By Chris Tribbey
The sports fans’ second screen experience — and how their data can be best utilized — will be tackled July 28 in New York when the 2nd Screen Society (S3) and Sports Video Group (SVG) host the second annual “2nd Screen Summit: Sports” event.
When it comes to reaching sports fans today, there’s one thing broadcasters, advertisers, marketers, leagues and individual teams all must have in mind: the second screen. Sports fans use second screen devices differently than casual movie and TV show viewers, looking to their smart phone, tablet or PC to check scores, watch video and manage a fantasy team, all while watching a live game.
“Sports and their super fans are a catalyst for expanding their experience through devices and televisions,” Guy Finley, Executive Director at MESA/2nd Screen Society, said.
“The data being collected from this critical segment will usher in a new era of intelligence and decision making that will drive the evolution of the connected consumer. Whether it is Social TV, an OTT offering or a unique engagement experience, the 2nd screen continues to proliferate within our industry we are proud to partner with SVG to provide a community environment for these companies to learn from one another.”
At next week’s summit, representatives from the New York Giants, the New York Mets, Fox Sports, NBC Sports, CBS Sports and Turner Sports will be on hand, to share their work with sports fans and the second screen. Read more
By Chris Tribbey
Founded in 2013 by four consulting industry experts with a combined 80 years of experience in media and entertainment, OnPrem Solution Partners came about with an express purpose: be the top consulting and technology innovation firm in Hollywood.
Currently working with every major studio, and growing from about a dozen billable consultants in 2013 to more than 100 this year, the company seems on track.
Frank Leal, one of the founding partners of the Los Angeles-based company, sat down with the Media & Entertainment Services Alliance (MESA) to discuss OnPrem’s focus on talent, the biggest challenges media and entertainment companies are facing today, and the need for solid data analytics in today’s market. Read more
MESA’s Smart Content Council has announced a partnership with the Midwest Digital Asset Managers Smart Content Meetup Group to produce a series of educational and networking events in the Midwest. The local group of 126 members includes experts in DAM, Media Asset Management (MAM), metadata, taxonomy, information governance, big data, data analytics, storage, workflow, information retrieval and other smart technologies for digital content.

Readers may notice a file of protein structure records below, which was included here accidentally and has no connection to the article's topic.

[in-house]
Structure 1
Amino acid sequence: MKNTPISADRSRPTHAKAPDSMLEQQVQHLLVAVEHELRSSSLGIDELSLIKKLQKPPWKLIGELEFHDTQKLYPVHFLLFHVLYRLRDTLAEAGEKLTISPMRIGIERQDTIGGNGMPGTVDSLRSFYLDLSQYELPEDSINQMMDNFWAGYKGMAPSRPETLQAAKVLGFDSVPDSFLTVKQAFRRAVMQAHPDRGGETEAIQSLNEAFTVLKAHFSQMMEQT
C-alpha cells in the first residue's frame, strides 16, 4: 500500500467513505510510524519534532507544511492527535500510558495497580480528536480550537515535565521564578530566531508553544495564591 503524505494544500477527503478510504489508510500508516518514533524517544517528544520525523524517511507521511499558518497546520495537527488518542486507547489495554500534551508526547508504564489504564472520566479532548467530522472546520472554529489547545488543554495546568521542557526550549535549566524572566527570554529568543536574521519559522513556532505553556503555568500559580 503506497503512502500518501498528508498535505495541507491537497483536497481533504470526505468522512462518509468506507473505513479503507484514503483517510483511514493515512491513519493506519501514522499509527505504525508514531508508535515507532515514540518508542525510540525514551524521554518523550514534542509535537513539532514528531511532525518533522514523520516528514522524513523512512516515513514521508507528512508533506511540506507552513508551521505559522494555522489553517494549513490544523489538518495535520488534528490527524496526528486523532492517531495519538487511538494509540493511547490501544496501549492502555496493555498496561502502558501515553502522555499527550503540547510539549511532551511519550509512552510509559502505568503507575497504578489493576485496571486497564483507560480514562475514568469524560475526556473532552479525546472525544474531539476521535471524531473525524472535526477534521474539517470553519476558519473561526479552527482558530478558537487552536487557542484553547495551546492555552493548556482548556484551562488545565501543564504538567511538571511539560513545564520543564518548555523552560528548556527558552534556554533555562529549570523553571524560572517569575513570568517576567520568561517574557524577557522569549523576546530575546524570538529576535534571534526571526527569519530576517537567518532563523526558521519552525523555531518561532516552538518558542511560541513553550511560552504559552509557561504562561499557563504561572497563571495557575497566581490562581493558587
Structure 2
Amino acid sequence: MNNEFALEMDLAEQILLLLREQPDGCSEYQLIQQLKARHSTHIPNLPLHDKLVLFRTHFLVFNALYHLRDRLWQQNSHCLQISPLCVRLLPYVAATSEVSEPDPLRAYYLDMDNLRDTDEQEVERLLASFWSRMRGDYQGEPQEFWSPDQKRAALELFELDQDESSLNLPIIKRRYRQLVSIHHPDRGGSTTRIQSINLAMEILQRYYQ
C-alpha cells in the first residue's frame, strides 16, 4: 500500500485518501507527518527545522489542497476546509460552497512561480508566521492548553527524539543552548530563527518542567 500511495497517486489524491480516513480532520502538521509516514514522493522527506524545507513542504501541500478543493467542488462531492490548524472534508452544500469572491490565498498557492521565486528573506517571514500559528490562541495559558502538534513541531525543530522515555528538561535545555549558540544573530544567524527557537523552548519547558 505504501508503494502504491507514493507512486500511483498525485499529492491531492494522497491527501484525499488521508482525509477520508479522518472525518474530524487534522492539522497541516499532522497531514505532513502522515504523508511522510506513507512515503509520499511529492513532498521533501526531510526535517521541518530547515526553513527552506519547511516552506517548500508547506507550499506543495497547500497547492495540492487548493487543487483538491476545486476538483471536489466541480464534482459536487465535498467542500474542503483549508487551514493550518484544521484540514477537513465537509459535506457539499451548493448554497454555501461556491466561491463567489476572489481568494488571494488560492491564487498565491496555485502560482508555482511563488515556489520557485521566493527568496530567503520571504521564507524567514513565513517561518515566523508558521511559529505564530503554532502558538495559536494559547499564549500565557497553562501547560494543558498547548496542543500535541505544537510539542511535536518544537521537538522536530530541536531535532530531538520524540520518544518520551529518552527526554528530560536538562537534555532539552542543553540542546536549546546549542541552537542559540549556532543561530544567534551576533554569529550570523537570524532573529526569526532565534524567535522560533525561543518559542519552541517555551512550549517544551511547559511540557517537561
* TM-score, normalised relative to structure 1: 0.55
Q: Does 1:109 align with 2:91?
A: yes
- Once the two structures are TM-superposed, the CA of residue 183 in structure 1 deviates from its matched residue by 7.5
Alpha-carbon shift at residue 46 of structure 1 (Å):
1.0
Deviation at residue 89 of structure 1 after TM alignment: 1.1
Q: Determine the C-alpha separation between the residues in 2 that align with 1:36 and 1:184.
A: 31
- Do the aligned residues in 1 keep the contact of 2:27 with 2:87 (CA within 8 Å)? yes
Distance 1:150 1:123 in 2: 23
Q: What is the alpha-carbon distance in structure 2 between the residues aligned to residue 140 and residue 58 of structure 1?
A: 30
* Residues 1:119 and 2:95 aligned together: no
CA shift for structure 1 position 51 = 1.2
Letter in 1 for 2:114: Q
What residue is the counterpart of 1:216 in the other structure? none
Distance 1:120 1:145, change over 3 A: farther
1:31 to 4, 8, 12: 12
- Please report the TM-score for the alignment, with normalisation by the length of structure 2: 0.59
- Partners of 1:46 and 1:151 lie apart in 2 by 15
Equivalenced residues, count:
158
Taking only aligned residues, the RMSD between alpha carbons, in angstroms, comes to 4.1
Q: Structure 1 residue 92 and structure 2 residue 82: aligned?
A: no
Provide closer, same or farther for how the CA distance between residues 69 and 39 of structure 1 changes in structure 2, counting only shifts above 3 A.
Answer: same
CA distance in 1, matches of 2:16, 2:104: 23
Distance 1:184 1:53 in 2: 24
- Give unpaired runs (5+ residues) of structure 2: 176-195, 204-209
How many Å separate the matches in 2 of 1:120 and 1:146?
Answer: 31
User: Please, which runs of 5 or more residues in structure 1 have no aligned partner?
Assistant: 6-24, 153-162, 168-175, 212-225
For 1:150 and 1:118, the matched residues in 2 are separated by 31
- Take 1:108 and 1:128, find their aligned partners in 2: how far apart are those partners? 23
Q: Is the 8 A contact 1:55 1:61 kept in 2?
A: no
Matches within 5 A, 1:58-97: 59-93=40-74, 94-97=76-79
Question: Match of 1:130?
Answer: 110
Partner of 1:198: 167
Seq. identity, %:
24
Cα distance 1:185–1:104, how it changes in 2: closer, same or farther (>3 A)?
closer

The first partnership event is being held at 4pm on Thursday, July 23rd at the John Hancock Center (875 North Michigan Avenue). This two-hour meetup includes an introduction of “Tales from the Semantic Revolution” and a discussion on the topic of “Creating Smart Content for Search, Knowledge Management & Analytics” Panelists and speakers will feature Lorraine Pelka, Source Applications Manager at Bank of America and Matt Turner, CTO at MarkLogic. Read more
By Ken Goeller, Vice President, Solutions Engineering, Deluxe Digital Distribution (D3)
Industry consensus is that 4K will be the next generation television technology that will capture the consumers’ imagination.
With this consensus, production, processing, workflow, and delivery mechanisms must be re-defined for mass scale as subscribers embrace the potential of this exciting new viewing experience. Now is the time for service providers to investigate the necessary steps to prepare and ramp commensurate with the pace of the market and position themselves as leading providers of very high-quality content. Fundamentally, it should be understood that there will be variations in the quality of 4K formatted titles.
This is based on nuances having to do with parameters used in the preparation of content from sources that are either 4K native shot and mastered production, or in the conversion, restoration, and re-mastering from film or HD. Furthermore, to ensure that the playback experience is optimized on target devices, 4K files will need to undergo rigorous testing and quality analysis of resolution, color gamut, bit depth, frame rate, compression, and decoding algorithms. Read more
By Chris Tribbey